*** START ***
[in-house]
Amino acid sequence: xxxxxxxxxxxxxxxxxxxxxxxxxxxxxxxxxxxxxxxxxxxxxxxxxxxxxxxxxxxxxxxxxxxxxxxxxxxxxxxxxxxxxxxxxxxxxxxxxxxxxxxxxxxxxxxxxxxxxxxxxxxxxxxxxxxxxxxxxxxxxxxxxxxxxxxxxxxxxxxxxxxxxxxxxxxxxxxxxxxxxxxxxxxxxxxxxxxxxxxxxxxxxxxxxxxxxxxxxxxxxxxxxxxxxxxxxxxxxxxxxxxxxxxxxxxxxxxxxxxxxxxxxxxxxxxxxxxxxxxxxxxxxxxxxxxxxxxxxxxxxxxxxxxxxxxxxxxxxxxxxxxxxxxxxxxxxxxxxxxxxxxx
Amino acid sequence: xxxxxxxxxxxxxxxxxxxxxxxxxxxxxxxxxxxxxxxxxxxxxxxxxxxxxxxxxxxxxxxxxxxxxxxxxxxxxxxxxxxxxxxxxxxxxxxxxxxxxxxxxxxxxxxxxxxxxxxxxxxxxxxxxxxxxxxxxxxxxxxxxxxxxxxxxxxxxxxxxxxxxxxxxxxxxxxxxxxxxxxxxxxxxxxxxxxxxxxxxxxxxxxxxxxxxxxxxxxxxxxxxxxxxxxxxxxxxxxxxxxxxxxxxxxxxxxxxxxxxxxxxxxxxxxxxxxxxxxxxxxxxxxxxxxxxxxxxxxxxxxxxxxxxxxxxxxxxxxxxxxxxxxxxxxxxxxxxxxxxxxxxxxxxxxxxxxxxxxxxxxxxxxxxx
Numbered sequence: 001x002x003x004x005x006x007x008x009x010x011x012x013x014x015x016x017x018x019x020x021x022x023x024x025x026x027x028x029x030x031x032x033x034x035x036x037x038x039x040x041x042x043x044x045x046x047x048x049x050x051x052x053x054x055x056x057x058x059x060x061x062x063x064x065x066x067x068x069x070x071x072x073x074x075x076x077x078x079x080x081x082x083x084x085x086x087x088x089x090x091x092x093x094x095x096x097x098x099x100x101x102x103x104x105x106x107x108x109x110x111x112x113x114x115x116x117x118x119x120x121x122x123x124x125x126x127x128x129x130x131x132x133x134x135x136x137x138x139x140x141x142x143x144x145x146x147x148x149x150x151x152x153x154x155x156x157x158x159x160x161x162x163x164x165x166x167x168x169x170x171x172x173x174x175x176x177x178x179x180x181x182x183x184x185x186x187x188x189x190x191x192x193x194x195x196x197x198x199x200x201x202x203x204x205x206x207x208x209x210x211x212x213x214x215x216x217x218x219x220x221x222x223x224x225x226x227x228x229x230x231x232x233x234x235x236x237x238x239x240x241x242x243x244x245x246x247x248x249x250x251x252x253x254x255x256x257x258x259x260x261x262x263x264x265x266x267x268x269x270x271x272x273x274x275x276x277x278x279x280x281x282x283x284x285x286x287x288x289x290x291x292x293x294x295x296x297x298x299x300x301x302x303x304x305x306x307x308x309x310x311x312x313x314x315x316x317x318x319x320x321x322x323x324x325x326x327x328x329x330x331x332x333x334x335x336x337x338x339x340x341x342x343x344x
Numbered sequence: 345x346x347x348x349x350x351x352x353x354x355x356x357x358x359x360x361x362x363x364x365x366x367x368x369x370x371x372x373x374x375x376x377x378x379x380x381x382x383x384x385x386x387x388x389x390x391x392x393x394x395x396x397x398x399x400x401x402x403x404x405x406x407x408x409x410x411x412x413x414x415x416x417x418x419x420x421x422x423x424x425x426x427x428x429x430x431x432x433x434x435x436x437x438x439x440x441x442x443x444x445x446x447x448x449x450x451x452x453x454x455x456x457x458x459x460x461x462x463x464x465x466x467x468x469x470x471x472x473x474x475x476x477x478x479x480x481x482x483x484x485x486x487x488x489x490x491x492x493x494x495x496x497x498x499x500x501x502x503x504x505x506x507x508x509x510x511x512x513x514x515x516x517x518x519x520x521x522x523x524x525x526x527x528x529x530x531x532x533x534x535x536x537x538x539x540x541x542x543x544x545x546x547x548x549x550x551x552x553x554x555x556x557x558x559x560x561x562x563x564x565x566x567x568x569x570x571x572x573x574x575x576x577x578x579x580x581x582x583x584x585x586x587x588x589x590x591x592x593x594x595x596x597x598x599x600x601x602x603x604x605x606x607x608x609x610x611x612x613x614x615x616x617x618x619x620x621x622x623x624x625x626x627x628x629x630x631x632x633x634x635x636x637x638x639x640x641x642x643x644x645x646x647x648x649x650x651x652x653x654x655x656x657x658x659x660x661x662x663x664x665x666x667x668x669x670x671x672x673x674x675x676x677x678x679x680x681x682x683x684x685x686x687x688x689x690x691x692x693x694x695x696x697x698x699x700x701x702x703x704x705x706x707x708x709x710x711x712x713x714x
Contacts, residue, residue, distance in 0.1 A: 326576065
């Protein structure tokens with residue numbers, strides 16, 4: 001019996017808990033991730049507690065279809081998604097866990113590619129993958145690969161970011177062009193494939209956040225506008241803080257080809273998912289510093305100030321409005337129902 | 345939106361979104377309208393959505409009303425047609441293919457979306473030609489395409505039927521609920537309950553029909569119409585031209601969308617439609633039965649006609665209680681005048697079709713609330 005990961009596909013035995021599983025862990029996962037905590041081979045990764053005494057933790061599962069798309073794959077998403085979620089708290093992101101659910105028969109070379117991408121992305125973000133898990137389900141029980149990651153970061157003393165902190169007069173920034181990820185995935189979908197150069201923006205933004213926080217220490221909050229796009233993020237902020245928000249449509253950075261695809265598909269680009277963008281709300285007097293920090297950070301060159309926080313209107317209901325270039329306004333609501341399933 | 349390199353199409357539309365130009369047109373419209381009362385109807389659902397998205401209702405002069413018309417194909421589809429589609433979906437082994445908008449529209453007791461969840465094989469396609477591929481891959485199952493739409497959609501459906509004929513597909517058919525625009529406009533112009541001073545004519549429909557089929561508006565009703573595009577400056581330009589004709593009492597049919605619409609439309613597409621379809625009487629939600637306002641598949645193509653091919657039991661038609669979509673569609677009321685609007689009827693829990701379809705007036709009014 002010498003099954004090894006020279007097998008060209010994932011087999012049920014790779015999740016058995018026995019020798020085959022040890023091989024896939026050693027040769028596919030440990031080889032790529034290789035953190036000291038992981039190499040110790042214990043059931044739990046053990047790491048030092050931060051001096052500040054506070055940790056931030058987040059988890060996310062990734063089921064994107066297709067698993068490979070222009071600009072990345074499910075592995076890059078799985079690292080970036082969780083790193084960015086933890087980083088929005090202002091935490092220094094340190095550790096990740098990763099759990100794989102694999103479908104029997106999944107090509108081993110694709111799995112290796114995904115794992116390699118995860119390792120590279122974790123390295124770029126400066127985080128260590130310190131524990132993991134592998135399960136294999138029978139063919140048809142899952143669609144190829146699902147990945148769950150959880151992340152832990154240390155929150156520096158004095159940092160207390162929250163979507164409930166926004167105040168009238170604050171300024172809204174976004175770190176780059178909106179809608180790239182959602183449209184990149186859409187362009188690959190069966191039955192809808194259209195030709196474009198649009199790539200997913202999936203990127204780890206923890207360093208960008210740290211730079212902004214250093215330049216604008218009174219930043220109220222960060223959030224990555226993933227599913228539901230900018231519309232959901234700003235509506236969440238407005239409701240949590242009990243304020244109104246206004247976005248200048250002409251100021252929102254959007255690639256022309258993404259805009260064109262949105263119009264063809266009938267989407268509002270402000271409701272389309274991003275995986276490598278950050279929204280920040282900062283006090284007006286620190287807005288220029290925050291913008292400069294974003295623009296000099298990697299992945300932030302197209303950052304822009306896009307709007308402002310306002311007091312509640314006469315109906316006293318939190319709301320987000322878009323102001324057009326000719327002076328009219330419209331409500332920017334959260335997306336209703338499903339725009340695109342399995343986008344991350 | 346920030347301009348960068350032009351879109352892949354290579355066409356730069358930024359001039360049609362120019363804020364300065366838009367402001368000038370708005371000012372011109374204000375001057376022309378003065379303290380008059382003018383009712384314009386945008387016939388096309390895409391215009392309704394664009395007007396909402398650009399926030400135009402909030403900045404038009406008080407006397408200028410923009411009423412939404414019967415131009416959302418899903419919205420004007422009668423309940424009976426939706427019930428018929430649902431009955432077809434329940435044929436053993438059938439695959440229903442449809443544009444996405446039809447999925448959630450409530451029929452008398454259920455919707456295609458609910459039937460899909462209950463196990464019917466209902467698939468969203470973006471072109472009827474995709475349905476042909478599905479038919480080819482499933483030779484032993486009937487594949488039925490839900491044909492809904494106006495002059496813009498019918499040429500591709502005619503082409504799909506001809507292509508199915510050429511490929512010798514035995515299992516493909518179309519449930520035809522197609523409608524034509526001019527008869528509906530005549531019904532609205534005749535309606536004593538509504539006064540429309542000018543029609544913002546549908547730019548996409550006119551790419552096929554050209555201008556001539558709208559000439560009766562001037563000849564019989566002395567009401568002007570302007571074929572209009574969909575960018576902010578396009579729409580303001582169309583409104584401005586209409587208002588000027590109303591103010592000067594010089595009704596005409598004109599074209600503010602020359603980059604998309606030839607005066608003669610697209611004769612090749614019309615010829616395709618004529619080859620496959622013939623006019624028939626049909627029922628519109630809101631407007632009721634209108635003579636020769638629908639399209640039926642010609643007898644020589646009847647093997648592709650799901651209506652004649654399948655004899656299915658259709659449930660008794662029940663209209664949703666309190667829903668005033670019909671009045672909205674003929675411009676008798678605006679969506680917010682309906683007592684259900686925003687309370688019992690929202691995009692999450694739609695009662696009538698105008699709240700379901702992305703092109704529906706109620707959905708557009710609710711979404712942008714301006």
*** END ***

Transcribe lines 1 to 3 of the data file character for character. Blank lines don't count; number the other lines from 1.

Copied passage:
[in-house]
Amino acid sequence: xxxxxxxxxxxxxxxxxxxxxxxxxxxxxxxxxxxxxxxxxxxxxxxxxxxxxxxxxxxxxxxxxxxxxxxxxxxxxxxxxxxxxxxxxxxxxxxxxxxxxxxxxxxxxxxxxxxxxxxxxxxxxxxxxxxxxxxxxxxxxxxxxxxxxxxxxxxxxxxxxxxxxxxxxxxxxxxxxxxxxxxxxxxxxxxxxxxxxxxxxxxxxxxxxxxxxxxxxxxxxxxxxxxxxxxxxxxxxxxxxxxxxxxxxxxxxxxxxxxxxxxxxxxxxxxxxxxxxxxxxxxxxxxxxxxxxxxxxxxxxxxxxxxxxxxxxxxxxxxxxxxxxxxxxxxxxxxxxxxxxxxx
Amino acid sequence: xxxxxxxxxxxxxxxxxxxxxxxxxxxxxxxxxxxxxxxxxxxxxxxxxxxxxxxxxxxxxxxxxxxxxxxxxxxxxxxxxxxxxxxxxxxxxxxxxxxxxxxxxxxxxxxxxxxxxxxxxxxxxxxxxxxxxxxxxxxxxxxxxxxxxxxxxxxxxxxxxxxxxxxxxxxxxxxxxxxxxxxxxxxxxxxxxxxxxxxxxxxxxxxxxxxxxxxxxxxxxxxxxxxxxxxxxxxxxxxxxxxxxxxxxxxxxxxxxxxxxxxxxxxxxxxxxxxxxxxxxxxxxxxxxxxxxxxxxxxxxxxxxxxxxxxxxxxxxxxxxxxxxxxxxxxxxxxxxxxxxxxxxxxxxxxxxxxxxxxxxxxxxxxxxx